Traditions

Merry Christmas!

It’s Christmas Eve! And that has me thinking about tradition.

I know, in the past, Michelle has touched on how tradition can add depth to your story and your characters. I’d like to go into a little bit more detail with that.

As you write and develop your character and your world, think about some of your family’s traditions. How can you apply some of those to your character?

Religious Beliefs

But don’t forget that your character may have different traditions and beliefs. Is he of the same religious background? Maybe you’re Jewish and she’s an Atheist or a Christian or a Mormon? Maybe he’s a devout Catholic? Maybe you’re writing a fantasy and there is no religion on your world or it’s something you’ve made up. (That’s a whole different blog post for some time in the future, but you can still think about these questions.) Is your character someone who actively participates in her religion, or is she someone who only goes on the major holidays – Christmas, Easter, Ramadan, Passover, etc?

What about secular beliefs? Does your character still believe in Santa Claus? How long did she believe in Santa? Did he ever? How did your character find out the truth?

Family Traditions

It’s also important to think about traditions that your family – and your character’s family – have. For instance, every year, we go to my mother’s mother’s house on Christmas day and play a present-opening game with my cousins, aunts, uncles and grandmother. Then, we have a late lunch. A few days before that or a few days after that, we go to my father’s mother’s house and exchange gifts (every cousin gives something to one other cousin, grandma gives something to everyone, everyone gives something to grandma and the adults do a present opening game – men’s gifts and women’s gifts). We have it a few days before or after Christmas because my dad has six siblings and it works better to coordinate it that way. I also have two aunts and an uncle (and now several cousins) who are doctors or nurses, and they often have to work a holiday shift. After opening gifts, we have dinner, the family photo and “the slideshow”, which my poor uncle slaves away at putting together every year, to our great delight.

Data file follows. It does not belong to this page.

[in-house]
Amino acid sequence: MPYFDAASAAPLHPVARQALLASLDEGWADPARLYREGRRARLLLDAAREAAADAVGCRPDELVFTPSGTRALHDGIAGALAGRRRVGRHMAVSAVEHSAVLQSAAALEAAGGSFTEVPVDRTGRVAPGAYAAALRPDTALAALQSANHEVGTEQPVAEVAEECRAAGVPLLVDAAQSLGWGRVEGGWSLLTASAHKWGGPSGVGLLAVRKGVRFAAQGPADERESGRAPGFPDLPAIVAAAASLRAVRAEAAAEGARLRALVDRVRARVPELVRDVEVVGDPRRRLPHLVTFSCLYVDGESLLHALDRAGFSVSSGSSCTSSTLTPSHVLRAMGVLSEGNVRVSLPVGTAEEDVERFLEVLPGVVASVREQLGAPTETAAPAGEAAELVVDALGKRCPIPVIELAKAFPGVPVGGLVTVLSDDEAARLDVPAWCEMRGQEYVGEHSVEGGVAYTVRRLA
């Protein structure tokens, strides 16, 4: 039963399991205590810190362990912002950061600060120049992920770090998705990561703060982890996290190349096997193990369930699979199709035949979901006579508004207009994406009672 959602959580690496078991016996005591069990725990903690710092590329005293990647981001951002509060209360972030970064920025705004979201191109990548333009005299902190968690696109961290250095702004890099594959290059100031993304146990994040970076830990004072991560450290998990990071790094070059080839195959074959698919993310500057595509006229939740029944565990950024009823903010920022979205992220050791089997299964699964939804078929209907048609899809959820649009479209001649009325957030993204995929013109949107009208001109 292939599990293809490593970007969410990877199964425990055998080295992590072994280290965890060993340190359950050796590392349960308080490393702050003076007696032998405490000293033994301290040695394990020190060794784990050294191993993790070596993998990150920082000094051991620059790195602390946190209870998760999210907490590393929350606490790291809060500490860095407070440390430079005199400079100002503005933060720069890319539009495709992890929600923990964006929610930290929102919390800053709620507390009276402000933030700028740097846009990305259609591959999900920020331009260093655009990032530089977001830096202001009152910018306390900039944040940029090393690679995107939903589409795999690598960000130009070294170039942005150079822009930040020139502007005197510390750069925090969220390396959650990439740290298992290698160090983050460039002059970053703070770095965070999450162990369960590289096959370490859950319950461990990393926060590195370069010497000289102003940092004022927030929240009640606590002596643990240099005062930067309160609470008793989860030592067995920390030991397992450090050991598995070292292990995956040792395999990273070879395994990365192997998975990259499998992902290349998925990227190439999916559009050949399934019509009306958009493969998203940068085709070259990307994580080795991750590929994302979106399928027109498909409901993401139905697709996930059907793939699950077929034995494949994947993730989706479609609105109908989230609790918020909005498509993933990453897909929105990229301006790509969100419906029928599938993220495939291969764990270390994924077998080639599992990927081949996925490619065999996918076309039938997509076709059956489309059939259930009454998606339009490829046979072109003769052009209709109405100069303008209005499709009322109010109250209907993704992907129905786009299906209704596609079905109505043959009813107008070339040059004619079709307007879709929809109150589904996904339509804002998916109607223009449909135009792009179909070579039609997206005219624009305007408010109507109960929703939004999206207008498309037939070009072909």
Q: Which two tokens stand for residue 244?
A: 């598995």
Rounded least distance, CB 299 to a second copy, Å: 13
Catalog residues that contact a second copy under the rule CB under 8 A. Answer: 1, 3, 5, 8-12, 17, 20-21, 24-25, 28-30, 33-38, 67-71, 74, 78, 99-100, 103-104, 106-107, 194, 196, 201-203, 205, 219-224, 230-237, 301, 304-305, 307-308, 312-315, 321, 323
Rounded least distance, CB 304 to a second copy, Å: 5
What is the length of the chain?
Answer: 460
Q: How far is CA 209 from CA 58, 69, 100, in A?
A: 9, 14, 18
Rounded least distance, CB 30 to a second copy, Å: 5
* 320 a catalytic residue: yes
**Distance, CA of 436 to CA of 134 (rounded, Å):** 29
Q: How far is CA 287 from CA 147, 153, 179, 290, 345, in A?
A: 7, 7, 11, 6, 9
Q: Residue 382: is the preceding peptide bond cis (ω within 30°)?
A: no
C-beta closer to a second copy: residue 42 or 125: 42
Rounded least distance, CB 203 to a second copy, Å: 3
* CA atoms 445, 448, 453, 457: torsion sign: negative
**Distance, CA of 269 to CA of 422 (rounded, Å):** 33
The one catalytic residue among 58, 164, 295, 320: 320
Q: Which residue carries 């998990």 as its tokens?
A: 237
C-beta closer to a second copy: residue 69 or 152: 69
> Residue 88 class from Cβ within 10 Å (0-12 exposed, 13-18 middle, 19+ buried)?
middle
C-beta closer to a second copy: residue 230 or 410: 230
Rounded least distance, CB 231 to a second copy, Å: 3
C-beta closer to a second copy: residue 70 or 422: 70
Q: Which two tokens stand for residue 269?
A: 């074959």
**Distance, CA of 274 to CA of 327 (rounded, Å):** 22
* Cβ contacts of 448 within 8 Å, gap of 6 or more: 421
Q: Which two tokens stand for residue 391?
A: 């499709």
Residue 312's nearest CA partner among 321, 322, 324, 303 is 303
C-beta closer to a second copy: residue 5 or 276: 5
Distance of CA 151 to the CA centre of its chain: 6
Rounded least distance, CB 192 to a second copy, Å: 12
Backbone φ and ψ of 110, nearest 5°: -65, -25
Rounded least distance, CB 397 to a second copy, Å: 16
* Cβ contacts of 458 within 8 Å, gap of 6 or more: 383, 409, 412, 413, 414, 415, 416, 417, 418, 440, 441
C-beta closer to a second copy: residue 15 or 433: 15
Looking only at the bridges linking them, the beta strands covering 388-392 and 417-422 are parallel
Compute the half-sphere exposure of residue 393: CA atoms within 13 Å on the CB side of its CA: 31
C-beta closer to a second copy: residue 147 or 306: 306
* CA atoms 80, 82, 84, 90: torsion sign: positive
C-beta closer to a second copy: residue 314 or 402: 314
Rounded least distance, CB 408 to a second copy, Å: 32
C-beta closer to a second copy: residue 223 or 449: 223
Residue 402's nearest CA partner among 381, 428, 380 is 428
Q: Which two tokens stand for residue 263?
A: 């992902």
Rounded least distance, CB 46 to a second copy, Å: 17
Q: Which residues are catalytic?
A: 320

My husband’s sisters go to their mother’s family’s house to bake cookies every year (he has a different mom). It’s a huge family thing. A few weeks before Christmas, they work from 7 pm to 7 am baking 5 different cookie recipes apiece. Then they all take some of them home.

What about gifts? Does everyone buy something for everyone else? Is there a gift exchange? A game? Is there a dollar limit for what you can spend? Are all the gifts opened on Christmas Day or are some opened on Christmas Eve? Does everyone open them at once, or are they opened one at-a-time?

Year-Round Traditions

Although I’ve mostly touched on seasonal traditions, birthdays, vacations, adoption day, summer breaks, family vacations, New Years Day, Independence Day and anniversaries are also special days that may have an aura of tradition surrounding them. Using those special days to create tradition for your character can be fun. It can also make for some interesting scenes and make your character and show a clear picture of his or her relationship with family.

Don’t forget. While it’s always fun to use your own family’s traditions, try to cook some up that are unique to your character. And who knows, while they might start out as fiction, they could become something you do in your own life.

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